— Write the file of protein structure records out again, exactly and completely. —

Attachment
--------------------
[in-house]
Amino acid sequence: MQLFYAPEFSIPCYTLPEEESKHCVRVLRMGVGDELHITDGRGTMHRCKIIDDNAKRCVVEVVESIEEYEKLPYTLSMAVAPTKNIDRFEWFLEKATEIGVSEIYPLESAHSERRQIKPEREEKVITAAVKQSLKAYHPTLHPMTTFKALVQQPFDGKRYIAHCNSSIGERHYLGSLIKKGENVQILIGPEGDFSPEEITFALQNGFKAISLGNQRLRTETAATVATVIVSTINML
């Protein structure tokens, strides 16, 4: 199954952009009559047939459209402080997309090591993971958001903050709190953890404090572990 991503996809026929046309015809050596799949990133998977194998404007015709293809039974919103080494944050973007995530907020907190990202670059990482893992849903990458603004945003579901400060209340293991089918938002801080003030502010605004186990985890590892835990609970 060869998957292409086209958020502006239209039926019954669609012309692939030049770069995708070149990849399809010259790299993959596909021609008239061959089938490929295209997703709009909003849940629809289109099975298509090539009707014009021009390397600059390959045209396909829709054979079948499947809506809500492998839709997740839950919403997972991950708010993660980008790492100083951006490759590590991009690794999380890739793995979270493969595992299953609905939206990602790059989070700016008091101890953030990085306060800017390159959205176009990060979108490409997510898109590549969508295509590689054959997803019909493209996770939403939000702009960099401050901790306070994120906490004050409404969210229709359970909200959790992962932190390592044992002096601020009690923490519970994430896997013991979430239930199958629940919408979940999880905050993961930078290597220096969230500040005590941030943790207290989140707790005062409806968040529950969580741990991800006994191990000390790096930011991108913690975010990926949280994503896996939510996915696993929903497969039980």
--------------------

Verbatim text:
[in-house]
Amino acid sequence: MQLFYAPEFSIPCYTLPEEESKHCVRVLRMGVGDELHITDGRGTMHRCKIIDDNAKRCVVEVVESIEEYEKLPYTLSMAVAPTKNIDRFEWFLEKATEIGVSEIYPLESAHSERRQIKPEREEKVITAAVKQSLKAYHPTLHPMTTFKALVQQPFDGKRYIAHCNSSIGERHYLGSLIKKGENVQILIGPEGDFSPEEITFALQNGFKAISLGNQRLRTETAATVATVIVSTINML
């Protein structure tokens, strides 16, 4: 199954952009009559047939459209402080997309090591993971958001903050709190953890404090572990 991503996809026929046309015809050596799949990133998977194998404007015709293809039974919103080494944050973007995530907020907190990202670059990482893992849903990458603004945003579901400060209340293991089918938002801080003030502010605004186990985890590892835990609970 060869998957292409086209958020502006239209039926019954669609012309692939030049770069995708070149990849399809010259790299993959596909021609008239061959089938490929295209997703709009909003849940629809289109099975298509090539009707014009021009390397600059390959045209396909829709054979079948499947809506809500492998839709997740839950919403997972991950708010993660980008790492100083951006490759590590991009690794999380890739793995979270493969595992299953609905939206990602790059989070700016008091101890953030990085306060800017390159959205176009990060979108490409997510898109590549969508295509590689054959997803019909493209996770939403939000702009960099401050901790306070994120906490004050409404969210229709359970909200959790992962932190390592044992002096601020009690923490519970994430896997013991979430239930199958629940919408979940999880905050993961930078290597220096969230500040005590941030943790207290989140707790005062409806968040529950969580741990991800006994191990000390790096930011991108913690975010990926949280994503896996939510996915696993929903497969039980």